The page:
Environmental Studies Bachelor's Degree Overview
Environmental studies majors study the challenging issues that affect the quality of the environment, like air and water pollution, climate change, and preserving endangered species, and then explore ways to find solutions to these problems. If you are interested in legal, economic, social and ethical aspects of environmental issues, then this is the degree for you.
The environmental studies program (ENST) combines courses in environmental science with environmental policy, ethics and economics. Students choose an area of concentration in either the humanities or social sciences. Choices include geography and planning, economics, public administration and economics, among others.
Students may participate in fieldwork at the University’s Lake Erie Research Center and the Stranahan Arboretum on such topics as water quality and terrestrial ecology. ENST majors also gain valuable real-world experience through internships that make students more marketable after graduation.
College of Natural Sciences and Mathematics Highlights
- Low faculty-to-student ratio - Most of our students work one-on-one with faculty members, which can lead to great recommendation letters for jobs or graduate school.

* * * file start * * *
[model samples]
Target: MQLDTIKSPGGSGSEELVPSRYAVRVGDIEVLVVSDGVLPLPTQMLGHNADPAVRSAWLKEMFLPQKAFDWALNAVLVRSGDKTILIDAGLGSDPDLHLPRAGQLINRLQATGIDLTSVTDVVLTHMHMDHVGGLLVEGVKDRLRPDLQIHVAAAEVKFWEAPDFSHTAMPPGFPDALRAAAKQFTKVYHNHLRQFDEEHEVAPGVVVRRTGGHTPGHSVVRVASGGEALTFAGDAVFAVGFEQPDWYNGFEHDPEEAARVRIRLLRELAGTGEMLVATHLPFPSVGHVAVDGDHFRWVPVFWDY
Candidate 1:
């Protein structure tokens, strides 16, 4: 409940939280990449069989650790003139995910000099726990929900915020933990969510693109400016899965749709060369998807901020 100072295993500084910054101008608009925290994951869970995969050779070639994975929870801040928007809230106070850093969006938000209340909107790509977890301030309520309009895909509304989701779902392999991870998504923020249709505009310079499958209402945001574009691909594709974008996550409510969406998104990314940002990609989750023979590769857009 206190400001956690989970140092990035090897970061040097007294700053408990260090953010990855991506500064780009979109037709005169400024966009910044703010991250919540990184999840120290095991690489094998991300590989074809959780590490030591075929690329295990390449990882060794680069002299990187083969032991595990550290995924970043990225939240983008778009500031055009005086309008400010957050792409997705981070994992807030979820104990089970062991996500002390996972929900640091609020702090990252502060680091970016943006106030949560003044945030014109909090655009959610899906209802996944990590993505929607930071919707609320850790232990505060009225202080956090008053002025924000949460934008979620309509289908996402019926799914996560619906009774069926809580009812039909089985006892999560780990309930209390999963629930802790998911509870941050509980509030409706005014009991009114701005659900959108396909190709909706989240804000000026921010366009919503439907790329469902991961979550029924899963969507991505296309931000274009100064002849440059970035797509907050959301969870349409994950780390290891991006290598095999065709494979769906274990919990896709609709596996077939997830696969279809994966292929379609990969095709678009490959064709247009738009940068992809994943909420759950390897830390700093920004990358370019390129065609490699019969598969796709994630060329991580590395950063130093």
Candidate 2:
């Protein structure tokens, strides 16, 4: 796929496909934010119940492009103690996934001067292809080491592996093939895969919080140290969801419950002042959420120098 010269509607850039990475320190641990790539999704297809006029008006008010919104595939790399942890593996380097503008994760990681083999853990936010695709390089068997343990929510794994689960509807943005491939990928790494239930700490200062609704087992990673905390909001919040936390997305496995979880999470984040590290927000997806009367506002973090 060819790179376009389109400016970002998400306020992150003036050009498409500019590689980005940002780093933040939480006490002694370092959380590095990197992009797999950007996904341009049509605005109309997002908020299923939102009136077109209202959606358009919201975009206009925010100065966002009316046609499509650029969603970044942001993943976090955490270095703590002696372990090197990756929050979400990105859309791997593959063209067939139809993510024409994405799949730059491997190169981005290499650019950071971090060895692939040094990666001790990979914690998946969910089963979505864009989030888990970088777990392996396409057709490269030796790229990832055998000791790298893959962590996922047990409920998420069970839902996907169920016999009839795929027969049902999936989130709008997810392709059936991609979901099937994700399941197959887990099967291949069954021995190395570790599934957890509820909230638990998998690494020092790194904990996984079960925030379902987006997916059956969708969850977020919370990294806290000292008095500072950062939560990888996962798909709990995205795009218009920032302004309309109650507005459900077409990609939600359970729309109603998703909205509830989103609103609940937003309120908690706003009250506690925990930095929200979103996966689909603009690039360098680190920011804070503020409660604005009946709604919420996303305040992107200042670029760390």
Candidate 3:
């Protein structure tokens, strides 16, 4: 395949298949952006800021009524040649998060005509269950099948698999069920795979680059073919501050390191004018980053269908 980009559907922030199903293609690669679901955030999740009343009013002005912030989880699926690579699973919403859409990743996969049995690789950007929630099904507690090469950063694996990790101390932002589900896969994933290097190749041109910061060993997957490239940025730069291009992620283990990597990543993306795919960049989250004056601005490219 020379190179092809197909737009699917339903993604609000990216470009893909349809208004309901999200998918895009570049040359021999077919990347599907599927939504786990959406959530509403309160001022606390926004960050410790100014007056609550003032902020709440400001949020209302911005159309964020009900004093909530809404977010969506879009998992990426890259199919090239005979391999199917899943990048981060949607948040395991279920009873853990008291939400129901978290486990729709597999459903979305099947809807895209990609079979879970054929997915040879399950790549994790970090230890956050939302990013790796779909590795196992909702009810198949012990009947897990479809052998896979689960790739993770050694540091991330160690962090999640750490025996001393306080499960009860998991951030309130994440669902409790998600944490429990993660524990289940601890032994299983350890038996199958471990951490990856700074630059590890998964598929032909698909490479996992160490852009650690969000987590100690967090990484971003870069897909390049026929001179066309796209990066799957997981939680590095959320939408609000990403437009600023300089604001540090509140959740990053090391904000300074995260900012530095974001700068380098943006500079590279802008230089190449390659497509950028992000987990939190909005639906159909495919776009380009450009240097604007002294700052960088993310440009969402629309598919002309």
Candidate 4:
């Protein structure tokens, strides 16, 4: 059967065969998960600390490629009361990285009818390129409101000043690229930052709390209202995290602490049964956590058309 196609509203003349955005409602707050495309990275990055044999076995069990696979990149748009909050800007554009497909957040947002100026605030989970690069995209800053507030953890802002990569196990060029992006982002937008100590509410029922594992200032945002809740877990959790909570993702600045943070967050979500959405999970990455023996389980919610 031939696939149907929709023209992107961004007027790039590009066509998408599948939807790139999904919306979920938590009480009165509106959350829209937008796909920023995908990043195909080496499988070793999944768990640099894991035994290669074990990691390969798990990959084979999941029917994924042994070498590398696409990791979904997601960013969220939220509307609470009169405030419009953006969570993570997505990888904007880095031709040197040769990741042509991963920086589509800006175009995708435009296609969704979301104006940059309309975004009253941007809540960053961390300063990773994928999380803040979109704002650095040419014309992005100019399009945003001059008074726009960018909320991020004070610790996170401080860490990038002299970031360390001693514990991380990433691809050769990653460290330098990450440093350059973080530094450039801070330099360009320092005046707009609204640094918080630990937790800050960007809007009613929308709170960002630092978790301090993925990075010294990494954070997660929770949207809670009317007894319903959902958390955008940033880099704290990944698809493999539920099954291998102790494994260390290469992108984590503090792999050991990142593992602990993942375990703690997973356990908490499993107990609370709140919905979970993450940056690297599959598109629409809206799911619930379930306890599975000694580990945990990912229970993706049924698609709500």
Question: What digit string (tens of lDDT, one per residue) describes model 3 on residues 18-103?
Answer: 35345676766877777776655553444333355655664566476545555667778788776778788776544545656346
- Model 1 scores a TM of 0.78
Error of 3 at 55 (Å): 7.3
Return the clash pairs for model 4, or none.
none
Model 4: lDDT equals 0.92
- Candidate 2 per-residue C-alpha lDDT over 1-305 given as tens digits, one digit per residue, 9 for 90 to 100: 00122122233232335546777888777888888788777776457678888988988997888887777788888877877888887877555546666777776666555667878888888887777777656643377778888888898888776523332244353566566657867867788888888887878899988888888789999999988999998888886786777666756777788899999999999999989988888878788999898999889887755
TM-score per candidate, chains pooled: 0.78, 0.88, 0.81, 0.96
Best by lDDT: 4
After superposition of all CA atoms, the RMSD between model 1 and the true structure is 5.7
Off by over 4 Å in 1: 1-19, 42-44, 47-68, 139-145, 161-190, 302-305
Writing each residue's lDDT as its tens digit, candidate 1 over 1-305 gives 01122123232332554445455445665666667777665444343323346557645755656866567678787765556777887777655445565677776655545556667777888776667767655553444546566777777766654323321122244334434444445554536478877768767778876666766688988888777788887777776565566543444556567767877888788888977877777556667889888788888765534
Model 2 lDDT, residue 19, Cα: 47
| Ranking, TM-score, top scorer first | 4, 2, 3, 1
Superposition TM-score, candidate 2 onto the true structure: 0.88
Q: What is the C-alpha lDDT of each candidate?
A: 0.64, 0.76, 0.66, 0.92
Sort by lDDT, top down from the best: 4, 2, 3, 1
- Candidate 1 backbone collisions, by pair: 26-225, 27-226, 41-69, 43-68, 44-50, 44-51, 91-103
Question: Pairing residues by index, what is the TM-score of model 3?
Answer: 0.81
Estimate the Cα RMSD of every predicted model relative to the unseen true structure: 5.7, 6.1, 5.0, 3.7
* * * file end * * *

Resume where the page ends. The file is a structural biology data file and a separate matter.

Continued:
- Masters and Ph.D. programs in every major - Our college offers strong graduate programs, if students want to continue their education. The presence of graduate degrees in each major also boosts the prestige of the undergraduate programs.
- Longest-running exchange program - Students have the chance to spend a semester or year at the University of Salford in England, while those students come to UT and enrich our programs with an international perspective.
- Top-notch labs, spaces and equipment - We have some of the premier science facilities on campus — greenhouses, wet and dry labs, an arboretum, the Lake Erie Center on the banks of the lake and the Ritter Planetarium, which was fully renovated in 2011 - just to name a few.
- More chances for undergraduate research - We help students get into the lab and start researching with faculty members as undergraduates, whereas some schools don't offer this until graduate school.
Environmental quality is a growing concern, opening up many options for environmental studies graduates within local, state and federal government agencies, conservation organizations and environmental consulting firms. Examples of career paths include environmental law, urban and landscape planning, public service through elective office, environmental journalism, and public health-related social services.
Environmental Studies Bachelor's Degree Curriculum